I handled it the way I had trained myself to: pack in the things that I loved around the edges. I told her to cut out the B.S. and take time for herself to get her work done uninterrupted. I told her to put her dreams first.
But I didn't realize was telling her to turn her back on her true dream. I didn't realize I was telling her the very words that would make my mother cry. Her family was her dream. I didn't realize how huge this was, until I broke her heart. I told her she wasn't doing anything with her life. I've never seen a mother so passionately defensive, and I stepped back to look at where I'd read the wrong signs. I'd given her my advice, to follow my type of dream, but looking at my mother, she wasn't me. She'd given everything to my sisters and me because she loved us more than writing grants to schools she felt deserved it. Her password to her phone was my birthday. She carved out names into wet cement next to hers even when we weren't there. She always forgave us, regardless of if we had proved ourselves worthy because she loved even our imperfections in a way no one else did.
And I began an inner hatred to myself. For turning my back to someone who gave me her everything. I had always taken our family for granted, but her sweat and blood went into every aspect of what I considered normal. She created and guided my hand so selflessly I'd always assumed it was me. She'd love to watch as my pride grew and I had faith I could fly.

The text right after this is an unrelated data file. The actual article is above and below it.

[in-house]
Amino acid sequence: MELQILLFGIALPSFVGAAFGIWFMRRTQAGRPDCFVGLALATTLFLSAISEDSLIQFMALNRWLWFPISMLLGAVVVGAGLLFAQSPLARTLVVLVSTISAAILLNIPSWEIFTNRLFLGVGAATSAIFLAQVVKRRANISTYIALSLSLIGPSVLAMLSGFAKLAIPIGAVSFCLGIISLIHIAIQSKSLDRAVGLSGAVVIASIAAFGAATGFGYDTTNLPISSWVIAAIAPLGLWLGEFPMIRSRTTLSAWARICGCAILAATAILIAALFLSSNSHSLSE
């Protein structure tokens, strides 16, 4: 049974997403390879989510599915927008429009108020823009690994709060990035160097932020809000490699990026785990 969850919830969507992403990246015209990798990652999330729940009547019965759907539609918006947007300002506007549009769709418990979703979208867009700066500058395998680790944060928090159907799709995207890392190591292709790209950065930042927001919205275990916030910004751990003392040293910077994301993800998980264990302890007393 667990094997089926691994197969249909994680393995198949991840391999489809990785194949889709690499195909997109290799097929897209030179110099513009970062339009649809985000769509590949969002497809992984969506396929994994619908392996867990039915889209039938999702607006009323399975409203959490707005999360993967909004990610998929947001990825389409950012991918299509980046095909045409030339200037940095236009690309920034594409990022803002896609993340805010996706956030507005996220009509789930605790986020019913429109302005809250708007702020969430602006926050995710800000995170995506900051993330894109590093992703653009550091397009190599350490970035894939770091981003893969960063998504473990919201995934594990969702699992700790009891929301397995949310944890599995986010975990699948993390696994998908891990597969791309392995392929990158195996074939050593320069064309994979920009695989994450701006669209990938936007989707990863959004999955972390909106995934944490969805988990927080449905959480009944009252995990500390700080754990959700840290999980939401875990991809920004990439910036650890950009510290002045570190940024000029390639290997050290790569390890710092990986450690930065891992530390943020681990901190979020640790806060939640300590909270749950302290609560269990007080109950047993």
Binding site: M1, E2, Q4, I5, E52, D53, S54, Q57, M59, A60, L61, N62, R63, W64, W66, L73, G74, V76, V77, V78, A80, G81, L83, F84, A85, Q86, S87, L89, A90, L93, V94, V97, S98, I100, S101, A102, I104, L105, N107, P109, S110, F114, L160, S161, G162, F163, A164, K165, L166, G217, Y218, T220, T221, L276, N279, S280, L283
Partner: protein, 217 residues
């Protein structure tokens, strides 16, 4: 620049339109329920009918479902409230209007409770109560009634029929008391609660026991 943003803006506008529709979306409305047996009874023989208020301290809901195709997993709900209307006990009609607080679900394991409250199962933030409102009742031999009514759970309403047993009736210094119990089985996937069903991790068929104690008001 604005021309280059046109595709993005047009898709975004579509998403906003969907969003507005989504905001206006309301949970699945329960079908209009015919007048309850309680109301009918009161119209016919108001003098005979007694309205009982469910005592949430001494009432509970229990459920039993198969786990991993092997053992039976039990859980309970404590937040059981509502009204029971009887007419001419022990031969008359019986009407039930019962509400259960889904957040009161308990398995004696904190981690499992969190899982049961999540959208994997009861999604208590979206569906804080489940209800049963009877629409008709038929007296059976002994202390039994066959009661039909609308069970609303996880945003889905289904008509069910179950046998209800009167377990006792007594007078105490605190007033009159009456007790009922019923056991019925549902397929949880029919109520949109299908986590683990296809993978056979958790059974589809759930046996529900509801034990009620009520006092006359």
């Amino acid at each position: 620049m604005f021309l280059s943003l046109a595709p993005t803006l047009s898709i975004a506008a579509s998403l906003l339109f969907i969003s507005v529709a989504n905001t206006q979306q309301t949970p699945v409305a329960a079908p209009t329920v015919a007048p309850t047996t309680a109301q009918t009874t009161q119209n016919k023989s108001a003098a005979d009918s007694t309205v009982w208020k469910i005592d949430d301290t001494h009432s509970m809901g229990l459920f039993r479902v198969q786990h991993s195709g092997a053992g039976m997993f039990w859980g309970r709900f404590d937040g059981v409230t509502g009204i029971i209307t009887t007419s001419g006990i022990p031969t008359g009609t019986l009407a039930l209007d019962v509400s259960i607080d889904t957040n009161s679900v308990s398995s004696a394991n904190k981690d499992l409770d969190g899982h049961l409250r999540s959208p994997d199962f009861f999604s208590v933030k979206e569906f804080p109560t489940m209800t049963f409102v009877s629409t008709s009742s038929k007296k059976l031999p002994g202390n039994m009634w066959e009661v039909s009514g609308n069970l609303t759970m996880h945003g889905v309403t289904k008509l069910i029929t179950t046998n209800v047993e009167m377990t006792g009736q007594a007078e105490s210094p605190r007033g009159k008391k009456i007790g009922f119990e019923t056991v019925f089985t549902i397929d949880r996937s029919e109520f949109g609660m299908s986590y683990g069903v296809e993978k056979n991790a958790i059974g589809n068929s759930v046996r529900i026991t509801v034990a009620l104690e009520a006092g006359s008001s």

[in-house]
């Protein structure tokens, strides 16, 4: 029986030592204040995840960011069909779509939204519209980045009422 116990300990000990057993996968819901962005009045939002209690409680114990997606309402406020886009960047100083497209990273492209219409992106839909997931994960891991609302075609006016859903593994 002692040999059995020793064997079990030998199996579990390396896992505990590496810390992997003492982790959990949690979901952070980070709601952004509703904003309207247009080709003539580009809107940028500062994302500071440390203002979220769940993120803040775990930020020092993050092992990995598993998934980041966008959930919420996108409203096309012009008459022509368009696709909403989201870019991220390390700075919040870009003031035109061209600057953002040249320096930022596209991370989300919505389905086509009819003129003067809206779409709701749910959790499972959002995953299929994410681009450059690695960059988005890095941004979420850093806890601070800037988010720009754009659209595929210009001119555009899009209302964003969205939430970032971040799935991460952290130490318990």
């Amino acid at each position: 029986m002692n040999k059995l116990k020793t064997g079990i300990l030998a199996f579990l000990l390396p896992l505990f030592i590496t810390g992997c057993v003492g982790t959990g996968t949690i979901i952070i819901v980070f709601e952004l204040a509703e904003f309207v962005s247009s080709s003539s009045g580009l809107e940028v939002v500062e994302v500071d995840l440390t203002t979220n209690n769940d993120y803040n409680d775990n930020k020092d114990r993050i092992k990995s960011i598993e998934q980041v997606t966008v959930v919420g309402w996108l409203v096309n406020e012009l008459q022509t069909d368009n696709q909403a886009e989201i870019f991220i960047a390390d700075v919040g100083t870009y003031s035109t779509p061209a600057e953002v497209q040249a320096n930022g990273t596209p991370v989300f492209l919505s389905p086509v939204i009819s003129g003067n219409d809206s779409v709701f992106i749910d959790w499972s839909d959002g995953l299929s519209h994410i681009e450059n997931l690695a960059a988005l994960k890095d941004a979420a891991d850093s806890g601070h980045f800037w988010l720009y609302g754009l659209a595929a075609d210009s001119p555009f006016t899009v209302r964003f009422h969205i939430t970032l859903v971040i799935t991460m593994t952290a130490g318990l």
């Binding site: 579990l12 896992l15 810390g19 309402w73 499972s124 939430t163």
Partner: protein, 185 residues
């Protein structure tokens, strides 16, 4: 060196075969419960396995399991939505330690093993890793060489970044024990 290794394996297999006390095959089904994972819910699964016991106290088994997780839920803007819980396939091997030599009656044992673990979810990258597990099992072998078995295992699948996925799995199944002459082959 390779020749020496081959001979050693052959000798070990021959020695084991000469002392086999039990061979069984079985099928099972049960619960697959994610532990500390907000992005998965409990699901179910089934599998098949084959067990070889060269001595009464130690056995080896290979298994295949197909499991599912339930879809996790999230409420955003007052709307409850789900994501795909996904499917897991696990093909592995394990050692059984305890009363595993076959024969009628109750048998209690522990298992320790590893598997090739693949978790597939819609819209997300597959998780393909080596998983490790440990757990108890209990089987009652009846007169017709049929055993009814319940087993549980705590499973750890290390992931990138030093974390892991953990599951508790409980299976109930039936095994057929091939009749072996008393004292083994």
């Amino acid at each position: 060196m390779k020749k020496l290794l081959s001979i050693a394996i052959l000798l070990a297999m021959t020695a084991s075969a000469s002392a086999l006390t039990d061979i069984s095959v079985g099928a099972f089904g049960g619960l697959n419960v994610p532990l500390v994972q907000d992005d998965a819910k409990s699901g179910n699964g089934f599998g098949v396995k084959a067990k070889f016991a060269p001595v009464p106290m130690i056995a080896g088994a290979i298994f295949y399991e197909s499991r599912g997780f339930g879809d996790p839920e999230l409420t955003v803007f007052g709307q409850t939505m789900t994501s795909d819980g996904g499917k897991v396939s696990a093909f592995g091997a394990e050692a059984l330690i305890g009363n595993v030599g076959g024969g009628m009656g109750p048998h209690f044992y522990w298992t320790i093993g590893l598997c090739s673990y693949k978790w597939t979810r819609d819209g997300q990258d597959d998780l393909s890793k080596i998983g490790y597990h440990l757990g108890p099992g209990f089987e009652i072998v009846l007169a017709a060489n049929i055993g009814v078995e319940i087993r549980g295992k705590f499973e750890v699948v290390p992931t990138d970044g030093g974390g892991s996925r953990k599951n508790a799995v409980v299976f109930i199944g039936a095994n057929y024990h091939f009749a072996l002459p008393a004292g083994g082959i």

I can see her now, Outside in a sunny garden, and it isn't the completion of the project she is pursuing like it looks like from the outside. She is spending quality time with my family, pulling them from their consuming lives to step back and breathe. They would never know or thank her.
I can see now why is hurt her so much when I told her she wasn't doing anything with her life. Everyone sees love this way. In our society we are told to put our passions after our obligations. We pursue success, but not love.
My mother is exceptional because she never let her heart budge. I thought family was an obligation for her, and her dreams of work was her desired goal, but I was mistaken. I can now respect that she never let her dream go, and she is one of the rare people who have been holding it for nearly twenty years now.
Mom, I am sorry I lashed out at you for not following my dreams. I soppose I am envious of how you reached out and created what you wanted, and I haven't gotten there yet. I take back what I say about you wasting your life. You created a life of love, and I think that should be respected more of all. You know how to pull people from their busy lives to stop and smell the roses, and you know how to bring out the best in the most complex and guarded and defensive people. I know how tricky our family is, and once again, you are a love hero. You're heart flies as your flag, but only those who are looking can see it. I can see it now. Success isn't what I thought it was. Thank you for guiding me to realization.